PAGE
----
A catalog produced for the 2008 exhibition Animals by Tom Sachs. In ANIMALS, Sachs continues to explore his signature appropriation of popular consumer objects, iconography, and signage. Logos, such as Spyderco, Bösendorfer, and Raytheon, along with images of the U.S. dollar bill, are boldly inserted into his paintings and sculptures. In Assaulting (2007), a punitive warning is transformed into a formal composition. Also on view are a number of white foamcore 'paintings' reconstituted from smashed models of the popular animated characters Hello Kitty, Miffy, and My Melody. In discussing his work ethic with critic, Germano Celant, Sachs says: '…I often build things in the 'wrong' way. […] There is an honesty and a soulfulness to doing it yourself.' Design by Tom Sachs with glossary by Mark van de Walle. Sperone Westwater, 2008

Wishing for Synchronicity: Works by Pipilotti Rist

Pipilotti Rist, Paola Morsiani, Mark Harris, Stephanie Hanor, René Morales, Linda Yablonsky

In the late eighties, Swiss artist Pipilotti Rist skyrocketed to international fame with her intriguingly cryptic and provocative videos. Since then, she has received numerous awards for her works—suggestive mixtures of visual and musical elements, overlapping images, acceleration and deceleration, and frequently psychedelic colorful effects—such as the Premio 2000 at the Venice Biennale.

Presenting Rist’s entire oeuvre from 1986 to the present, this monograph publishes many works for the first time. Intriguing essays shed light on central aspects of her work, which the artist herself describes in an extensive interview.

The Form of Becoming: Embryology and the Epistemology of Rhythm, 1760–1830

Janina Wellmann

The Form of Becoming offers an innovative understanding of the emergence around 1800 of the science of embryology and a new notion of development, one based on the epistemology of rhythm. It argues that between 1760 and 1830, the concept of rhythm became crucial to many fields of knowledge, including the study of life and living processes.

The book juxtaposes the history of rhythm in music theory, literary theory, and philosophy with the concurrent turn in biology to understanding the living world in terms of rhythmic patterns, rhythmic movement, and rhythmic representations. Common to all these fields was their view of rhythm as a means of organizing time — and of ordering the development of organisms.

Janina Wellmann, a historian of science, has written the first systematic study of visualization in embryology. Embryological development circa 1800 was imagined through the pictorial technique of the series, still prevalent in the field today. Tracing the origins of the developmental series back to seventeenth-century instructional graphics for military maneuvers, dance, and craft work, The Form of Becoming reveals the constitutive role of rhythm and movement in the visualization of developing life.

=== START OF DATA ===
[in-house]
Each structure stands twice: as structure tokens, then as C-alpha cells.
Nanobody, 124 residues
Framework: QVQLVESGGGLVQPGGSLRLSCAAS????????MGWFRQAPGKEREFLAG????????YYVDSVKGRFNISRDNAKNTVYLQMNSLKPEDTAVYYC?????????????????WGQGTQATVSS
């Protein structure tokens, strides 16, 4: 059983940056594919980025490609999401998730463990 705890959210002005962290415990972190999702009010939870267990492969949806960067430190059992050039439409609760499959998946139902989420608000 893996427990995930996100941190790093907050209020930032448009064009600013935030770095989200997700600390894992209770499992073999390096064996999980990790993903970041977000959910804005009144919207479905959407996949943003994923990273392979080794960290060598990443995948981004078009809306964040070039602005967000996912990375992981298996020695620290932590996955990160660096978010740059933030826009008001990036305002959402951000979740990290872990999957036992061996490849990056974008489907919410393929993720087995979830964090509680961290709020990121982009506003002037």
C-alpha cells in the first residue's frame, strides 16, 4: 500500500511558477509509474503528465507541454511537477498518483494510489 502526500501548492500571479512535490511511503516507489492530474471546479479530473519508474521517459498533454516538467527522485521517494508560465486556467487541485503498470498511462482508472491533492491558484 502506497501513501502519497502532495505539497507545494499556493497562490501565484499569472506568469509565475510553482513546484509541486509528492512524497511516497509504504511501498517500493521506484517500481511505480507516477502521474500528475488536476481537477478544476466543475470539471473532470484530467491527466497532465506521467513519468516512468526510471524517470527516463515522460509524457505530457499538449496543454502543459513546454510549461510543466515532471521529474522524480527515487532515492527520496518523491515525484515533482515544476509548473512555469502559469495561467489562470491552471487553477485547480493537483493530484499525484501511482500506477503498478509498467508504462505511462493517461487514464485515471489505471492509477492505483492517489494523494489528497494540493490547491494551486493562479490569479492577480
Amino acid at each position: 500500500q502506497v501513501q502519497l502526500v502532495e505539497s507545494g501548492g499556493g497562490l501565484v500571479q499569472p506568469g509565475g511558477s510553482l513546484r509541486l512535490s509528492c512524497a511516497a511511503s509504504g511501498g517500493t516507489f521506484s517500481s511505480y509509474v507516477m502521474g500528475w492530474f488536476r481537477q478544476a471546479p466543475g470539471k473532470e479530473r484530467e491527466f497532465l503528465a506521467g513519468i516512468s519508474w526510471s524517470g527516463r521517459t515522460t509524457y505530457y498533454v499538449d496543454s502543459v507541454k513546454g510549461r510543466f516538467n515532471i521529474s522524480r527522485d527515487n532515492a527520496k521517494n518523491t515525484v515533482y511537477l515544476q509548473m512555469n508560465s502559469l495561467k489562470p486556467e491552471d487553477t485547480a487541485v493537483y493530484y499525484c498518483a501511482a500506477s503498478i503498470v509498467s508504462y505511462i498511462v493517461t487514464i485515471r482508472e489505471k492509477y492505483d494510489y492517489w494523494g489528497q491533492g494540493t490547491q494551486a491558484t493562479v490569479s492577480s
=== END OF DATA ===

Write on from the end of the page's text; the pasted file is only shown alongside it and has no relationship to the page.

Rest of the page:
William Kentridge: Lexicon

William Kentridge

Lexicon is a facsimile cloth edition of an antiquarian Latin-Greek dictionary which the internationally celebrated South African artist William Kentridge (born 1954) has embellished with black ink drawings of what might seem at first to be animal silhouettes. In reproducing the work (which is uncollected elsewhere), this beautifully designed artist's book mischievously pits the model of the flipbook against the fragility of the antiquarian original, and flipping its pages animates Kentridge's lively, spiky drawings into a continuously morphing image that transforms from a cat to a coffee pot over the course of the book's 160 pages. This image is based on a disintegrating sculpture that reflects the artist's interest in the instability of objecthood. Lexiconis accompanied by a DVD containing a short film in which Kentridge flips the pages himself.

The Great Exception

Rachel Kushner, Colin Roberts

The Great Expectation by Rachel Kushner is a collaboration with artist Colin Roberts and was published by Nothing Moments Press in the fall of 2007. This is a collection of stories that investigate all aspects of exploration, the search for grants, travel and the encounter of land unknown.

Rachel Kushner is an American writer, known for her novels Telex from Cuba (2008), The Flamethrowers (2013), and The Mars Room. After completing her MFA, Kushner lived in New York City for eight years, where she was an editor at Grand Street and BOMB. She has written widely on contemporary art, including numerous features in Artforum.

Warhol: Liz

This book was published on the occasion of the exhibition Warhol: Liz, at Gagosian, West 21st Street, New York, which presented the portraits Andy Warhol made of Elizabeth Taylor between 1962 and 1963. A child star, Taylor became one of the world’s most famous actresses through her on-screen roles and a highly public life charged with drama, tragedy, and romance. Warhol made more than fifty portraits of Taylor, in all her incarnations—from the ethereally beautiful child actress in National Velvet to the commanding, voluptuous screen goddess of Cleopatra. The paintings isolate her features on monochrome fields, using abstraction and repetition to create contemporary icons of celebrity.

The catalogue includes more than twenty-five works in full color, along with details, pictorial sources, historic installation photographs, and quotations by the artist. It includes the essays “When Andy Met Liz” by writer and longtime Interview editor Bob Colacello, which recounts the 1973 meeting between Warhol and Taylor, and “Blue-Collar Liz” by John Waters, which discusses Taylor’s cultural power and the significance of Warhol’s portraits. The book also reproduces the cover of a 1962 issue of Life and a ten-page article, “Poor, Dear Little Cleopatra,” from the magazine.